"The School Meets the World" is an annual conference organised by Sida, the Global School and the Swedish Council for Higher Education. The conference is about global issues and is aimed at teachers and school leaders. For this year's conference, which took place May 16 to 17, the organisers had chosen two focus areas: human rights and vocational training. The conference brought together about 300 participants and the invited speakers included the
Swedish Minister for International Develop-ment Cooperation and Sida's Director General as well as human rights activists, educators and scientists from Burma, Israel and Uganda – and also Swedish youth who gave examples of how they have worked with international issues in school.
Vocational education was the main issue during the second day. Youth unemploymen is becoming one of the biggest problems in the world and the lack of vocational education is one of the reasons. The conference discussed what kinds of global challenges this means – and what kinds of solutions are available.
In his speech, Professor Kenneth King (Center for African Studies, Scotland) reported conclusions from various global studies on vocational training from several independent organizations (including UNESCO, ILO and the World Bank). The reports are mutually different, but they all show a recurrent flaw in the national school systems: It is a large gap between what children learn in school and the work demands on vocational skills.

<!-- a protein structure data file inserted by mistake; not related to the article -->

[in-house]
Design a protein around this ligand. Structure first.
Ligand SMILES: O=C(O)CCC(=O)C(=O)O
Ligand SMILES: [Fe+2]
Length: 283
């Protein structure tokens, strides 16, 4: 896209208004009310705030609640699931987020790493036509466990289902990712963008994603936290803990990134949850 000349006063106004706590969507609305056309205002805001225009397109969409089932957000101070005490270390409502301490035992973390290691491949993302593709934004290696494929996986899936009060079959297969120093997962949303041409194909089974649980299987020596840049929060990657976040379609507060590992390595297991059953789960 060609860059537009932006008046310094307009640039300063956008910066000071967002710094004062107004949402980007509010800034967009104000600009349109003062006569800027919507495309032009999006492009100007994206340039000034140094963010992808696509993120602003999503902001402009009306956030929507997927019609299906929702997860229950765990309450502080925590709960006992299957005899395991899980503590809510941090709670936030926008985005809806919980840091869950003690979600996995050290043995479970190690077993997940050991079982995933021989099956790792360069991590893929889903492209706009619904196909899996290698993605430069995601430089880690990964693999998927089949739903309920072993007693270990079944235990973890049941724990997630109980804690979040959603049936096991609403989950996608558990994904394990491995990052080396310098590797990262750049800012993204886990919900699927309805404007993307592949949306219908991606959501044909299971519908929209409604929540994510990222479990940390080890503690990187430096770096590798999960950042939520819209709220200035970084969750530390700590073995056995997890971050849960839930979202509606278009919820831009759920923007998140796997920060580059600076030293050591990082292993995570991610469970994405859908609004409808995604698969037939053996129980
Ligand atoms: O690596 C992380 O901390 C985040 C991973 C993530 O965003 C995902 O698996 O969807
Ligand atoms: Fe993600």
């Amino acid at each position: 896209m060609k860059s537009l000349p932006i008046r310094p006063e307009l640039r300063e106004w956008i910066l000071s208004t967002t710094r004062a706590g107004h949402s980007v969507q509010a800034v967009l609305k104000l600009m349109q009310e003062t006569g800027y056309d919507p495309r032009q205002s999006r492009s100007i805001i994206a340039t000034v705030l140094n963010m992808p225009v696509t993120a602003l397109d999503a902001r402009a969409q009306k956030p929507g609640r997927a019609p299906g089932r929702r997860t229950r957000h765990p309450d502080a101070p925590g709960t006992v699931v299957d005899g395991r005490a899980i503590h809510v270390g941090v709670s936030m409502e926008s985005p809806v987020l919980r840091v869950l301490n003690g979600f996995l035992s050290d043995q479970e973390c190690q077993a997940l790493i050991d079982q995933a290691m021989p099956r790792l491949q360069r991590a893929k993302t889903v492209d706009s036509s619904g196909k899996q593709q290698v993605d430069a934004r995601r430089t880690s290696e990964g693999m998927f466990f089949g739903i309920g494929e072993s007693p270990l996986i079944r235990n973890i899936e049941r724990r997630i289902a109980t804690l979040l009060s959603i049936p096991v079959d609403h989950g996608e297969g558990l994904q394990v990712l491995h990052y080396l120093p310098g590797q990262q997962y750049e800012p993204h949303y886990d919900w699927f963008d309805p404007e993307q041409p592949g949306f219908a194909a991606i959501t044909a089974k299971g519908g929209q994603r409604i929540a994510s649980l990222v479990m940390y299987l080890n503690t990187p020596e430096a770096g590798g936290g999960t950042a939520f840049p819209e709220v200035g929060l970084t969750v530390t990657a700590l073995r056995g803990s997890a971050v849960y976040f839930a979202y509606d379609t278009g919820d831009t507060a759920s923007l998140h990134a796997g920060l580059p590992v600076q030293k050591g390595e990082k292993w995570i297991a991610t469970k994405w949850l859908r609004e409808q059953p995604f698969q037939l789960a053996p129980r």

Fagil Mandy (Chairman of the Uganda National Education Board) explained how Uganda has highlighted these deficiencies and is now in the midst of a radical change in the curricula at all levels of the school system. The reform work is done under the slogan "Skilling Uganda" with the ambition that young people should have better professional skills when they leave school.
The experience from Ihushi was presented at the conference as an example of how local initiatives can contribute to improve the situation for young people. IDC's chairperson Emmanuel Buguba was invited to participate, but he had to decline for health reasons. Instead the experi-ence was presented by Lage Bergström.